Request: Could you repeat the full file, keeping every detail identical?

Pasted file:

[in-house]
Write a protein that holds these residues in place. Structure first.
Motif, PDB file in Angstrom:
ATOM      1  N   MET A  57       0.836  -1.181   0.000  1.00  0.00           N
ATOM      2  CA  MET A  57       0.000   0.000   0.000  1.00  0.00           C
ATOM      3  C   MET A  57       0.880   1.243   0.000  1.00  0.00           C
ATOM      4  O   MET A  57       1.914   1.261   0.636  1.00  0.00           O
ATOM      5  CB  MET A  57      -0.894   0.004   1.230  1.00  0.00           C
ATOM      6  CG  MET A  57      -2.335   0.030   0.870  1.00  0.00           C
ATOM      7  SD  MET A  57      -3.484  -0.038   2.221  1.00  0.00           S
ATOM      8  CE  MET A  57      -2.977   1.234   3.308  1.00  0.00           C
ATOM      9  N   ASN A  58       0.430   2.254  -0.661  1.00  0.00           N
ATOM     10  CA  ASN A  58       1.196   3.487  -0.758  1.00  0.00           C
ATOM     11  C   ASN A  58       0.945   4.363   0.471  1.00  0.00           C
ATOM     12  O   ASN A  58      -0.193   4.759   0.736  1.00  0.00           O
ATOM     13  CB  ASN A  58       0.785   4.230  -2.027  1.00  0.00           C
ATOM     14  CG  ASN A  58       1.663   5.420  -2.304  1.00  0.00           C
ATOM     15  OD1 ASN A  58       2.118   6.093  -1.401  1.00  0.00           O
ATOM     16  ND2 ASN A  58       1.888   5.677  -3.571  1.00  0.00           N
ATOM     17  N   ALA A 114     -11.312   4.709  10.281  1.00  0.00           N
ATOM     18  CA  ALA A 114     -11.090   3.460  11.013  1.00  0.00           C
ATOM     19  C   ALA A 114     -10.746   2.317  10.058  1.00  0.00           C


[in-house]
Write a protein that holds these residues in place. Structure first.
Motif, PDB file in Angstrom:
ATOM      1  N   MET A  57       0.836  -1.181   0.000  1.00  0.00           N
ATOM      2  CA  MET A  57       0.000   0.000   0.000  1.00  0.00           C
ATOM      3  C   MET A  57       0.880   1.243   0.000  1.00  0.00           C
ATOM      4  O   MET A  57       1.914   1.261   0.636  1.00  0.00           O
ATOM      5  CB  MET A  57      -0.894   0.004   1.230  1.00  0.00           C
ATOM      6  CG  MET A  57      -2.335   0.030   0.870  1.00  0.00           C
ATOM      7  SD  MET A  57      -3.484  -0.038   2.221  1.00  0.00           S
ATOM      8  CE  MET A  57      -2.977   1.234   3.308  1.00  0.00           C
ATOM      9  N   ASN A  58       0.430   2.254  -0.661  1.00  0.00           N
ATOM     10  CA  ASN A  58       1.196   3.487  -0.758  1.00  0.00           C
ATOM     11  C   ASN A  58       0.945   4.363   0.471  1.00  0.00           C
ATOM     12  O   ASN A  58      -0.193   4.759   0.736  1.00  0.00           O
ATOM     13  CB  ASN A  58       0.785   4.230  -2.027  1.00  0.00           C
ATOM     14  CG  ASN A  58       1.663   5.420  -2.304  1.00  0.00           C
ATOM     15  OD1 ASN A  58       2.118   6.093  -1.401  1.00  0.00           O
ATOM     16  ND2 ASN A  58       1.888   5.677  -3.571  1.00  0.00           N
ATOM     17  N   ALA A 114     -11.312   4.709  10.281  1.00  0.00           N
ATOM     18  CA  ALA A 114     -11.090   3.460  11.013  1.00  0.00           C
ATOM     19  C   ALA A 114     -10.746   2.317  10.058  1.00  0.00           C